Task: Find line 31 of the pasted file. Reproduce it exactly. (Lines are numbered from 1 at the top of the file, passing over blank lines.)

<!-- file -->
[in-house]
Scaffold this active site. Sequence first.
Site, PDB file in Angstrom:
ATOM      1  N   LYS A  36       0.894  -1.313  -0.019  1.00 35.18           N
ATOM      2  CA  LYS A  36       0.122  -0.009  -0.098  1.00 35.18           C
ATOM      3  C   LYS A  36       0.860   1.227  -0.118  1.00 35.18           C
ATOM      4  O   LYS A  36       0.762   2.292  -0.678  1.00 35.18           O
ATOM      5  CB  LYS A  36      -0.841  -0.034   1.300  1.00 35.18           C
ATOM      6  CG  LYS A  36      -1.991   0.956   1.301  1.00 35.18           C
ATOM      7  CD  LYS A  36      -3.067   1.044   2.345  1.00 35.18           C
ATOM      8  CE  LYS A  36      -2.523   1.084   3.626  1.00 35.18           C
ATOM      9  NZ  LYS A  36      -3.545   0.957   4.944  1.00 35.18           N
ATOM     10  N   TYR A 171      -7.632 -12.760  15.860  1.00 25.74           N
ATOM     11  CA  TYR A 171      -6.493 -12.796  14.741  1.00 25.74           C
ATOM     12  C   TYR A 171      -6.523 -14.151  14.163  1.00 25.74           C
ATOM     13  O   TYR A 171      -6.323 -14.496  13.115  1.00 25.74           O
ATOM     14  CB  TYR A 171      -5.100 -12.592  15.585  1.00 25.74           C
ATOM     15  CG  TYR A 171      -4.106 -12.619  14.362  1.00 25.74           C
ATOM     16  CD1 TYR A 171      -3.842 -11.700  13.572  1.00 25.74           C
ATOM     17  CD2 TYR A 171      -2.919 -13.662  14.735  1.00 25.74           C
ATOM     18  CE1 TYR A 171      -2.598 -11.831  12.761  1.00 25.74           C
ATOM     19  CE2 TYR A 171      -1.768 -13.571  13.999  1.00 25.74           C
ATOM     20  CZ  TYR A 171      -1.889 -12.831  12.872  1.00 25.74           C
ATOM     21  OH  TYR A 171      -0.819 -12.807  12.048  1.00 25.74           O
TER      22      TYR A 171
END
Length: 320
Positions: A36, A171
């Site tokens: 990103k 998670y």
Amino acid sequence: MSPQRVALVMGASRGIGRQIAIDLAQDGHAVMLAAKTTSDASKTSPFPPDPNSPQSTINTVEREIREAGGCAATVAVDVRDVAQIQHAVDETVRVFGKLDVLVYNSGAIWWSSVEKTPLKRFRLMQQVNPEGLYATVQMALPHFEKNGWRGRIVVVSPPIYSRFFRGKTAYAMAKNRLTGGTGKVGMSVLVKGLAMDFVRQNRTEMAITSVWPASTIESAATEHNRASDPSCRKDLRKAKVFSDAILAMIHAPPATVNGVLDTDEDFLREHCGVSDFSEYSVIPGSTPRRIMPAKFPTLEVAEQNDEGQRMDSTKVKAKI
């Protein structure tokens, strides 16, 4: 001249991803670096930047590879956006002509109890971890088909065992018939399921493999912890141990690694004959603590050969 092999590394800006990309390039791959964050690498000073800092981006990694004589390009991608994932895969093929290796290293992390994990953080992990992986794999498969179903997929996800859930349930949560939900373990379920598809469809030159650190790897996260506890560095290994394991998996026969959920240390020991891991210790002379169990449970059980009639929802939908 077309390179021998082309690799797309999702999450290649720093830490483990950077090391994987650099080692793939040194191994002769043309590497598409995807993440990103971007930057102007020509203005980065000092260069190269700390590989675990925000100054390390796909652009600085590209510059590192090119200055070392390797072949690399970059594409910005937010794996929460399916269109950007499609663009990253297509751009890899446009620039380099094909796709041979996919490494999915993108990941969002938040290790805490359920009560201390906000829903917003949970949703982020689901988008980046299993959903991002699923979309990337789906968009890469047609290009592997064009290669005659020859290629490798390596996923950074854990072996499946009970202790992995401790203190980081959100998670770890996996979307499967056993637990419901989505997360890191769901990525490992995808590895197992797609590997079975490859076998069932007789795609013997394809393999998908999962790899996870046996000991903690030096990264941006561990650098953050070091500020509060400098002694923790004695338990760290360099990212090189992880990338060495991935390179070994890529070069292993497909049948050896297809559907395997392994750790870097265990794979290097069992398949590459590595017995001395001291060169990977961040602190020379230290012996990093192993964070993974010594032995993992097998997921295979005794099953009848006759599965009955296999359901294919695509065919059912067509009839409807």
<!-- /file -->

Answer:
């Protein structure tokens, strides 16, 4: 001249991803670096930047590879956006002509109890971890088909065992018939399921493999912890141990690694004959603590050969 092999590394800006990309390039791959964050690498000073800092981006990694004589390009991608994932895969093929290796290293992390994990953080992990992986794999498969179903997929996800859930349930949560939900373990379920598809469809030159650190790897996260506890560095290994394991998996026969959920240390020991891991210790002379169990449970059980009639929802939908 077309390179021998082309690799797309999702999450290649720093830490483990950077090391994987650099080692793939040194191994002769043309590497598409995807993440990103971007930057102007020509203005980065000092260069190269700390590989675990925000100054390390796909652009600085590209510059590192090119200055070392390797072949690399970059594409910005937010794996929460399916269109950007499609663009990253297509751009890899446009620039380099094909796709041979996919490494999915993108990941969002938040290790805490359920009560201390906000829903917003949970949703982020689901988008980046299993959903991002699923979309990337789906968009890469047609290009592997064009290669005659020859290629490798390596996923950074854990072996499946009970202790992995401790203190980081959100998670770890996996979307499967056993637990419901989505997360890191769901990525490992995808590895197992797609590997079975490859076998069932007789795609013997394809393999998908999962790899996870046996000991903690030096990264941006561990650098953050070091500020509060400098002694923790004695338990760290360099990212090189992880990338060495991935390179070994890529070069292993497909049948050896297809559907395997392994750790870097265990794979290097069992398949590459590595017995001395001291060169990977961040602190020379230290012996990093192993964070993974010594032995993992097998997921295979005794099953009848006759599965009955296999359901294919695509065919059912067509009839409807």